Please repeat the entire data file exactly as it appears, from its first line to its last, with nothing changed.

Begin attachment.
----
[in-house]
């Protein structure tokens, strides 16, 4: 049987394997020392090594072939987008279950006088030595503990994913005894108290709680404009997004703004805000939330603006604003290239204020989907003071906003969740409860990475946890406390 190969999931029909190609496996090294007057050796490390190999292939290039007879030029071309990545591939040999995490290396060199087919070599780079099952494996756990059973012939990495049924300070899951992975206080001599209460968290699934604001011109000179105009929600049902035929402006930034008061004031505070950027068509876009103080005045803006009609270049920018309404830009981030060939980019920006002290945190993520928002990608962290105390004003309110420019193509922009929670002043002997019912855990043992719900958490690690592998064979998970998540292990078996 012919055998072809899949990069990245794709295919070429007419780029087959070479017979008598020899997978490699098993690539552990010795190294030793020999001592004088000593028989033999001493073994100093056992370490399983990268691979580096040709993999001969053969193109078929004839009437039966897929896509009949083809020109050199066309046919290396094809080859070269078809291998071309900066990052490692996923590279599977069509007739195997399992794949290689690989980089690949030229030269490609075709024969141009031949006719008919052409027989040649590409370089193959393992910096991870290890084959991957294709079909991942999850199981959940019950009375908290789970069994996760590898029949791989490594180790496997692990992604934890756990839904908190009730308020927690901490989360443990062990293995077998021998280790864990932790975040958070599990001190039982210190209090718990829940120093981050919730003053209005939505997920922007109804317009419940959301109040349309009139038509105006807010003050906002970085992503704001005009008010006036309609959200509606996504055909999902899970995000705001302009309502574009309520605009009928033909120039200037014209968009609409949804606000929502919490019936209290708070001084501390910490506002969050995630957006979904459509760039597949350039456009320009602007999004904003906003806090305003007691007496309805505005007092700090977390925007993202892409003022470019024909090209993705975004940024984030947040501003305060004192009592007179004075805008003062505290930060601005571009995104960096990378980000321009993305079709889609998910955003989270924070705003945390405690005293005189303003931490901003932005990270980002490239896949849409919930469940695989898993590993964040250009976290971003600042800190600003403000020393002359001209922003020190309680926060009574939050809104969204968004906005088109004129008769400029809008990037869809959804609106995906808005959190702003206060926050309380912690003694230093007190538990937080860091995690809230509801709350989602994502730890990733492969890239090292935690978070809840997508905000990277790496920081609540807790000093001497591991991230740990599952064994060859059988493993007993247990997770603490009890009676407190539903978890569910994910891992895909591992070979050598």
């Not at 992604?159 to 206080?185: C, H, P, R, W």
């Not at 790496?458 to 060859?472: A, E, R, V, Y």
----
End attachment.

[in-house]
């Protein structure tokens, strides 16, 4: 049987394997020392090594072939987008279950006088030595503990994913005894108290709680404009997004703004805000939330603006604003290239204020989907003071906003969740409860990475946890406390 190969999931029909190609496996090294007057050796490390190999292939290039007879030029071309990545591939040999995490290396060199087919070599780079099952494996756990059973012939990495049924300070899951992975206080001599209460968290699934604001011109000179105009929600049902035929402006930034008061004031505070950027068509876009103080005045803006009609270049920018309404830009981030060939980019920006002290945190993520928002990608962290105390004003309110420019193509922009929670002043002997019912855990043992719900958490690690592998064979998970998540292990078996 012919055998072809899949990069990245794709295919070429007419780029087959070479017979008598020899997978490699098993690539552990010795190294030793020999001592004088000593028989033999001493073994100093056992370490399983990268691979580096040709993999001969053969193109078929004839009437039966897929896509009949083809020109050199066309046919290396094809080859070269078809291998071309900066990052490692996923590279599977069509007739195997399992794949290689690989980089690949030229030269490609075709024969141009031949006719008919052409027989040649590409370089193959393992910096991870290890084959991957294709079909991942999850199981959940019950009375908290789970069994996760590898029949791989490594180790496997692990992604934890756990839904908190009730308020927690901490989360443990062990293995077998021998280790864990932790975040958070599990001190039982210190209090718990829940120093981050919730003053209005939505997920922007109804317009419940959301109040349309009139038509105006807010003050906002970085992503704001005009008010006036309609959200509606996504055909999902899970995000705001302009309502574009309520605009009928033909120039200037014209968009609409949804606000929502919490019936209290708070001084501390910490506002969050995630957006979904459509760039597949350039456009320009602007999004904003906003806090305003007691007496309805505005007092700090977390925007993202892409003022470019024909090209993705975004940024984030947040501003305060004192009592007179004075805008003062505290930060601005571009995104960096990378980000321009993305079709889609998910955003989270924070705003945390405690005293005189303003931490901003932005990270980002490239896949849409919930469940695989898993590993964040250009976290971003600042800190600003403000020393002359001209922003020190309680926060009574939050809104969204968004906005088109004129008769400029809008990037869809959804609106995906808005959190702003206060926050309380912690003694230093007190538990937080860091995690809230509801709350989602994502730890990733492969890239090292935690978070809840997508905000990277790496920081609540807790000093001497591991991230740990599952064994060859059988493993007993247990997770603490009890009676407190539903978890569910994910891992895909591992070979050598």
């Not at 992604?159 to 206080?185: C, H, P, R, W």
């Not at 790496?458 to 060859?472: A, E, R, V, Y």